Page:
Exploring hand hygiene practices among healthcare workers in Ruiru Sub-County Hospital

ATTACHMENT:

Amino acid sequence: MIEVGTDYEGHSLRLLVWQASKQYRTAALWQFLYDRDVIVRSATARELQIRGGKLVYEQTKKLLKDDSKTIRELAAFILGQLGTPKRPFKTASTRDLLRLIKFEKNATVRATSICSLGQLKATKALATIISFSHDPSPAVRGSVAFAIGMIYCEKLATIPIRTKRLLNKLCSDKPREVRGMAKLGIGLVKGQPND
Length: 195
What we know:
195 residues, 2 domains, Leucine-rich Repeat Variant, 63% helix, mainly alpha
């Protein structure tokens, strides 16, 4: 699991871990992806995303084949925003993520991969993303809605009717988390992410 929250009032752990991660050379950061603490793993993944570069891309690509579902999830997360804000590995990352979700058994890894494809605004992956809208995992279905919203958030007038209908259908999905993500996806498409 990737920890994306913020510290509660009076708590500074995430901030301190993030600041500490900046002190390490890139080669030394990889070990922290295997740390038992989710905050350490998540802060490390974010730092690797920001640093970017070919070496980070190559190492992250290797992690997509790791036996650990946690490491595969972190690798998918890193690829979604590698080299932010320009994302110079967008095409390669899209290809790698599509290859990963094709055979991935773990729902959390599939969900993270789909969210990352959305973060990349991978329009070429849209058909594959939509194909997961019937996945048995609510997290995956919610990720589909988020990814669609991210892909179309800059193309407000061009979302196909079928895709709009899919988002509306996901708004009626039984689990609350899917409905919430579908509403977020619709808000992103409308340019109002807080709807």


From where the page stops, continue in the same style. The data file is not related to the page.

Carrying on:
The individual, household and economic impact of Hospital Acquired Infections (HAIs) globally cannot be overstated; therefore, how healthcare workers perform and comply to hand hygiene practices is essential for mitigating its effects. The aim of this study was to understand the hand hygiene practices at Ruiru Sub-County Hospital, a level 4 facility in Kiambu County, Kenya. A cross-sectional descriptive study was done using a modified WHO hand hygiene questionnaire to assess knowledge, structural and individual factors that affect hygiene practices, and recommend potential interventions to improve hand hygiene; and a structured, unobtrusive observation of hand hygiene performance and compliance. Overall compliance rate with hand hygiene practices was found to be 54.1% among health care workers at the facility. The survey revealed acceptable training and knowledge standards among the healthcare workers but a disproportionate behavior gap. The significance of the study is to contribute to the revention and elimination of hospital acquired infections, which are increasingly becoming among the top global burden of disease. The effects of HAIs goes beyond the infected patient, but also affects the family and the economy,because of loss of productive lives through disability and death.